Our Neighborhood Forests
By: BW Ellis
This article comes from a collection of illustrations, poetry, and prose called Tree Souls, currently under development. See sample pages here:
You will never find a more devoted, more stalwart guardian of your home and neighborhood than the trees that line the street and fill the yard. The greatest line of defense your community can have is a healthy and diverse Urban Forest.
Every day, all day these providers not only produce oxygen for everyone to breath, but their leaves capture pollutants and sequester dangerous toxins protecting you and all you hold dear. The very air you breathe is filtered by the natural processes of these protectors who stand more still than all the soldiers of Buckingham Palace. The shade from their canopies keeps our homes cool reducing the need for air conditioners a contributor to global warming, while their roots mitigate stormwater runoff protecting homes, streets, and sidewalks from erosion.
Our Urban Forests are hard at work providing crucial services to people and wildlife. They make a home for the furry and feathered alike, providing the opportunity for diversity in the otherwise sterile and sparse city.
That beautifully colored bird you marveled at the other day could not exist without trees, nor could all the plain-looking birds. Many people do not appreciate the raccoons, squirrels, and chipmunks that prowl our neighborhoods while we rest snug in bed. Consider this, a single possum can eat hundreds of ticks a night, and skunks eat the grubs in your lawn eliminating the need for poisons that do lasting and somethings permanent harm.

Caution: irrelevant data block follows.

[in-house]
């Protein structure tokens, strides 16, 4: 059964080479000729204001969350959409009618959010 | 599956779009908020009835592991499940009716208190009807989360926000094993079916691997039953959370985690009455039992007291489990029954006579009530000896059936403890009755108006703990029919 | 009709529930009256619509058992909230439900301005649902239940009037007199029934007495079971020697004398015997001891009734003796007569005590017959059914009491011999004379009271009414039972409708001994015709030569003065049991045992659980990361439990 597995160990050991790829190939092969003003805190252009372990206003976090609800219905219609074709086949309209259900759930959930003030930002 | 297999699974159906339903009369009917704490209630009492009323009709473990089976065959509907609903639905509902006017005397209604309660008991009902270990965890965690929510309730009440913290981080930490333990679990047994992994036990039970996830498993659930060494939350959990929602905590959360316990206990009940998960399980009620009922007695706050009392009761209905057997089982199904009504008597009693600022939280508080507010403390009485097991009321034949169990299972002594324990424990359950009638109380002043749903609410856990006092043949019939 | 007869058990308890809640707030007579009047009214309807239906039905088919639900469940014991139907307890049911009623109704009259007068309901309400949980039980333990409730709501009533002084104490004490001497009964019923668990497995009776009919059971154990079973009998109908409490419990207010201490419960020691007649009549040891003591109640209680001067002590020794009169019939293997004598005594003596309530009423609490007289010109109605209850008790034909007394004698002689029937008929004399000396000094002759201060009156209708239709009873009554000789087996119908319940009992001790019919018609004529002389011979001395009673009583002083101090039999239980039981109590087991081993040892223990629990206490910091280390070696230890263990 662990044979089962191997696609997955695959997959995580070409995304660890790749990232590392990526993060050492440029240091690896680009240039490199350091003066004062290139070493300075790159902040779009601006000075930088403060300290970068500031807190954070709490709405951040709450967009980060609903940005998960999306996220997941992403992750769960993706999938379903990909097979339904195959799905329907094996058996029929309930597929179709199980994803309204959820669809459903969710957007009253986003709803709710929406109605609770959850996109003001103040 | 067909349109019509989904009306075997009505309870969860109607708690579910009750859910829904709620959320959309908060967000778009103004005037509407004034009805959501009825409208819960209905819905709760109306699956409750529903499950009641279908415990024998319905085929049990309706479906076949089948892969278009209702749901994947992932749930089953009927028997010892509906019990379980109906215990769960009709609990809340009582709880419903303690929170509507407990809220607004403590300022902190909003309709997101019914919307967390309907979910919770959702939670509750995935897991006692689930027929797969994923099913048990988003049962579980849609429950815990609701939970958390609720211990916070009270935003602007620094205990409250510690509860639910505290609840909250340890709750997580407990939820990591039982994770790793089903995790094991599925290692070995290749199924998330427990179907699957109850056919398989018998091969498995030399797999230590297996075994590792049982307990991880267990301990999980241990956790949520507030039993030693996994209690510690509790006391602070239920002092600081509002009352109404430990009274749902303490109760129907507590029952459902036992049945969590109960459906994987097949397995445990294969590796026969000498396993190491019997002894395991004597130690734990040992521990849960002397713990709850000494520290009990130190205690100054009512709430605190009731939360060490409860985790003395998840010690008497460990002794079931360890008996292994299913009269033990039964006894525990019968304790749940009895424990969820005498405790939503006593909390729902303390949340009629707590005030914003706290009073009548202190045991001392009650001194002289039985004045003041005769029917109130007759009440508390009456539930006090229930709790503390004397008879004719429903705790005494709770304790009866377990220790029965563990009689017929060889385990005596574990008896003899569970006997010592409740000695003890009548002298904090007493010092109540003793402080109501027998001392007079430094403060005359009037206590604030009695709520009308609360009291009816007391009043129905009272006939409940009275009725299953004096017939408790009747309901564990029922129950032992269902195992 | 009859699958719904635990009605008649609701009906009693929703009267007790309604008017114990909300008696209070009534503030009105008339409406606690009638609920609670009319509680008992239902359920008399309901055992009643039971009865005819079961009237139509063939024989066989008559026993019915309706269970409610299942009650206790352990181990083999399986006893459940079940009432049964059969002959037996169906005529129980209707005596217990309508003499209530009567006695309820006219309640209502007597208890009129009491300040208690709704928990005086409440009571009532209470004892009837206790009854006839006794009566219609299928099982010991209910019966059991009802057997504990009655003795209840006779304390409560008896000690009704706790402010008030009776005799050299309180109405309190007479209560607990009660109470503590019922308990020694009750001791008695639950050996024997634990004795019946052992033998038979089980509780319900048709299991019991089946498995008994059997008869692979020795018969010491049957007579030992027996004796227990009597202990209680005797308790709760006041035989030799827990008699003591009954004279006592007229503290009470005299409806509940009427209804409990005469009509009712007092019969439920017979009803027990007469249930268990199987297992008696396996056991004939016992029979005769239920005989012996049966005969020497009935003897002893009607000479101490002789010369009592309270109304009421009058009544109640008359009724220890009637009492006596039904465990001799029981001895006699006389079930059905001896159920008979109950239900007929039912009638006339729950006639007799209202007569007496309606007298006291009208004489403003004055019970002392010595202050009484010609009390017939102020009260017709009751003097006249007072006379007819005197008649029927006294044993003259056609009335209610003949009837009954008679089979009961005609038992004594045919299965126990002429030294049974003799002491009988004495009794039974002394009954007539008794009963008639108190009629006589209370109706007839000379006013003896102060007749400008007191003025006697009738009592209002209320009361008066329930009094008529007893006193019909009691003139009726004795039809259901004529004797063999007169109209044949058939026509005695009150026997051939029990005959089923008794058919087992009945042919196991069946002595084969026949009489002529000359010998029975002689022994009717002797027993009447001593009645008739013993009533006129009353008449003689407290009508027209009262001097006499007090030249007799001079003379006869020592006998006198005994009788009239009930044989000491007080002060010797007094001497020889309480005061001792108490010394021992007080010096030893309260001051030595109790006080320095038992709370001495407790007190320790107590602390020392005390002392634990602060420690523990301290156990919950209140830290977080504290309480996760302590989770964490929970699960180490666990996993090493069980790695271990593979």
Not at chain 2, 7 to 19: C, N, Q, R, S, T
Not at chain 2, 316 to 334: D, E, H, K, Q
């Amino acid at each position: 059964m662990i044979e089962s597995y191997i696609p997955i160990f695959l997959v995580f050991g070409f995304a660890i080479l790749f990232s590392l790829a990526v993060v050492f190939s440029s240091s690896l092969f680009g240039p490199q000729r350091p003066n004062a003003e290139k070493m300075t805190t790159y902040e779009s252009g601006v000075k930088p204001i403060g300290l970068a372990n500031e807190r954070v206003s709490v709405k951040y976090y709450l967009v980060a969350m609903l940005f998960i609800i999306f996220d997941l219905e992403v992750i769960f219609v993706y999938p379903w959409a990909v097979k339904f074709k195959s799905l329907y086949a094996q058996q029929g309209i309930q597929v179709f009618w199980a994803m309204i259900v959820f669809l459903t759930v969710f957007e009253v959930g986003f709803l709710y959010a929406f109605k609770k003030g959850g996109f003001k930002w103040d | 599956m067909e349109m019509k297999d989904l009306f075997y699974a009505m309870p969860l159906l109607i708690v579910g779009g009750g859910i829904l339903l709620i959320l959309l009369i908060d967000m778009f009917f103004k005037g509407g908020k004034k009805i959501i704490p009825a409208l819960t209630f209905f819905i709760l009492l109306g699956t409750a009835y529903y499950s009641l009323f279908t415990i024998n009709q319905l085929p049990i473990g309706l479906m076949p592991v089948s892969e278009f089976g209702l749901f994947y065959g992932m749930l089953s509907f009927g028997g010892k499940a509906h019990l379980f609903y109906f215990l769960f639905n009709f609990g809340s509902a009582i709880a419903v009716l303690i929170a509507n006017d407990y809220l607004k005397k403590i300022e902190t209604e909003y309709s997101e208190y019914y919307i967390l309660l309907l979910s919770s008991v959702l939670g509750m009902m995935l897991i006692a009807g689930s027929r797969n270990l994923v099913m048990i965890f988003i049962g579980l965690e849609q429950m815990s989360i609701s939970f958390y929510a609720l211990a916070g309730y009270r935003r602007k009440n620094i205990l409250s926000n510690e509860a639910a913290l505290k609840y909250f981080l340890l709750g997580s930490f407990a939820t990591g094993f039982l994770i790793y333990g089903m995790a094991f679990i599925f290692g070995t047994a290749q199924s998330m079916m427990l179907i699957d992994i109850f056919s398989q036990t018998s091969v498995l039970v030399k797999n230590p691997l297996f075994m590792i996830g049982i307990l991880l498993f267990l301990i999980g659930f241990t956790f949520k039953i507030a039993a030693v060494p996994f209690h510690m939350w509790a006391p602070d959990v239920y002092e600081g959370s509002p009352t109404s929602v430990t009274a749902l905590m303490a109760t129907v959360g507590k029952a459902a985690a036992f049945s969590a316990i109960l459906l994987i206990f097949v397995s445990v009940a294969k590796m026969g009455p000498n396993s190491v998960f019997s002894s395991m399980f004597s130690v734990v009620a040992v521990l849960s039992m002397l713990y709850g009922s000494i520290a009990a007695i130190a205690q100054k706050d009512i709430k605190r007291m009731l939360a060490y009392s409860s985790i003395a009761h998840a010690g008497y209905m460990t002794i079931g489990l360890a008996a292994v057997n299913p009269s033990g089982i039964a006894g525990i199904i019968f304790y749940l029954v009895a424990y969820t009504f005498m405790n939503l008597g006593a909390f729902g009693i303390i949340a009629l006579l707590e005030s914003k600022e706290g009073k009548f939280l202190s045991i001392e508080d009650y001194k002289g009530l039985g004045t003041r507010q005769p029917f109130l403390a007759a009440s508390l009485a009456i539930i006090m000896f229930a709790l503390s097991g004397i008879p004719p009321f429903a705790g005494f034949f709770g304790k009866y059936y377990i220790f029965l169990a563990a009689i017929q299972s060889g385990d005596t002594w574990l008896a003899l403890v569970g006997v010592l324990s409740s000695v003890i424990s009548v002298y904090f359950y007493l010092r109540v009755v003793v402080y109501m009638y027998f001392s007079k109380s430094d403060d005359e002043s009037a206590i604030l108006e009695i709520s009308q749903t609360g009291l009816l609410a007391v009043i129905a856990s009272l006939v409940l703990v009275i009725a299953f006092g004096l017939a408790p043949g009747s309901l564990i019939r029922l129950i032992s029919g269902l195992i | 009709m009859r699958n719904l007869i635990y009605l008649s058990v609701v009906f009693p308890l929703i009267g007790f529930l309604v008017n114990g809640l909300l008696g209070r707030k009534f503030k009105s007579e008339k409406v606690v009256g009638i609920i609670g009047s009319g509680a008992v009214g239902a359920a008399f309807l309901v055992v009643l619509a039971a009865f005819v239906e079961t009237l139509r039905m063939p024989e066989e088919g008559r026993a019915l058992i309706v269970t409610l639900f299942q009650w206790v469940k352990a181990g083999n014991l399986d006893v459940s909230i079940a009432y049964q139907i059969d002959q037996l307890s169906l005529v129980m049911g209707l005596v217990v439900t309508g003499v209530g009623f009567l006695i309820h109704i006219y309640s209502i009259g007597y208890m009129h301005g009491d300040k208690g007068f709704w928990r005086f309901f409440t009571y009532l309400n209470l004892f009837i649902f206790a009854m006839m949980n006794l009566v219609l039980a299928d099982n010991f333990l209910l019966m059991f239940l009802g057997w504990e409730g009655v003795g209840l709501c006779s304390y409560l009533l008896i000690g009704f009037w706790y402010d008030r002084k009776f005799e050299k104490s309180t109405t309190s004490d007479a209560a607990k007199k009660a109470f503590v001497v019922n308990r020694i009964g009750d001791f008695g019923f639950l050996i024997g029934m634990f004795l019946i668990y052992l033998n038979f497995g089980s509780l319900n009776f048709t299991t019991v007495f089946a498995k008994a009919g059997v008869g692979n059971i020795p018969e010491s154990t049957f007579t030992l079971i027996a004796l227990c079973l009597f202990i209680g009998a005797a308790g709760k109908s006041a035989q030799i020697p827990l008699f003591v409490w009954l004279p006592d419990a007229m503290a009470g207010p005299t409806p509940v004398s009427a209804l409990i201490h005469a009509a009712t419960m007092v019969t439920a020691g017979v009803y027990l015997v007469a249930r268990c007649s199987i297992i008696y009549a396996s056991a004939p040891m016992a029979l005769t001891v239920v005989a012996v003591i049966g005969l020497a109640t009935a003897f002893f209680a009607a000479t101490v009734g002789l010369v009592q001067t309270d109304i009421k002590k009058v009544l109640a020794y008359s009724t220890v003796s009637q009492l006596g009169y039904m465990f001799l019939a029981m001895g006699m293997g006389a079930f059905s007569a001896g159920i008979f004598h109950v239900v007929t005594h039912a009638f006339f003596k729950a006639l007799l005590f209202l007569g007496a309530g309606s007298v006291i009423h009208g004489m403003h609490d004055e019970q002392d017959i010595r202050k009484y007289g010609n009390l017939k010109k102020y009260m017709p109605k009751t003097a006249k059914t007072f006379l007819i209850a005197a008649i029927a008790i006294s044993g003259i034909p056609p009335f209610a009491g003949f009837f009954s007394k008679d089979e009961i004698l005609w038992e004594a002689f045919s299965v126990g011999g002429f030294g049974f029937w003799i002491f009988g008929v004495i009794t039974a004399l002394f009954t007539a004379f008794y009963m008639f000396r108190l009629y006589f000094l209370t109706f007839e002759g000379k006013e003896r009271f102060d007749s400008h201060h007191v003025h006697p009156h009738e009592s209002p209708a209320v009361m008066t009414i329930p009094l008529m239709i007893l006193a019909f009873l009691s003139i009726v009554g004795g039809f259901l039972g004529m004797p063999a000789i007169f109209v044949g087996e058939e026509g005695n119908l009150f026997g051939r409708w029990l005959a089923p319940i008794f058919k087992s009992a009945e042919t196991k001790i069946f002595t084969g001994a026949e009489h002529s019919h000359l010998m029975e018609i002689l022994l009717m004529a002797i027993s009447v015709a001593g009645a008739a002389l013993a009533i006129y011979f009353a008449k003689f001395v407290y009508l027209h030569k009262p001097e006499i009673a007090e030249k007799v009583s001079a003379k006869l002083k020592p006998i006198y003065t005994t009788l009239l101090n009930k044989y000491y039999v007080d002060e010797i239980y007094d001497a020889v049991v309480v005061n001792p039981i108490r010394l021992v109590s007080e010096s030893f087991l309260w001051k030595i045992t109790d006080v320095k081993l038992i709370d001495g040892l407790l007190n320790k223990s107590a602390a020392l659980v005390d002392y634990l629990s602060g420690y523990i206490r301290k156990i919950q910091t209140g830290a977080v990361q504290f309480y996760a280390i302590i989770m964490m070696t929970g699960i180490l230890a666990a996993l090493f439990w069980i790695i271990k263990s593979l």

According to the United States Department of Agriculture, when street trees are monetized, they have an annual value of over a billion dollars. Monetary values will vary state by state but the bottom line is, trees are a good investment returning $5.82 for every $1.00 spent.
This value translates directly into the equity of your home and therefore the worth of your investment. Adding trees makes your home more valuable, cutting them down makes them less so, it’s simple mathematics.
Open your windows and take a breath, the quality of that air, may depend on how many trees are close by. Fresh clean air surrounds you as you play in your yard, party on your deck, or enjoy the breeze. These are a few of the many benefits provided by these quiet giants.
Parks contribute even more value to your home yet, what would a park be without trees? They invite us in with brilliant color, dappled light, and sweet-smelling air. Parks provide a place for families to connect with nature and each other, away from modern distractions. A green place to play ball, climb or sit, hold parties, jog or walk your dog.
In 1858 Frederick Law Olmsted together with Calvert Vaux, won a contest to design Central Park in New York. Olmsted’s egalitarian ideals would influence his design and the landscape of America. He wanted to create green spaces that were welcoming and accessible to everyone.
Olmsted was one of the first people to put forth the idea of the “public park”. Whether you use the public park in your town or not, the park trees are your friends and they are working for you.
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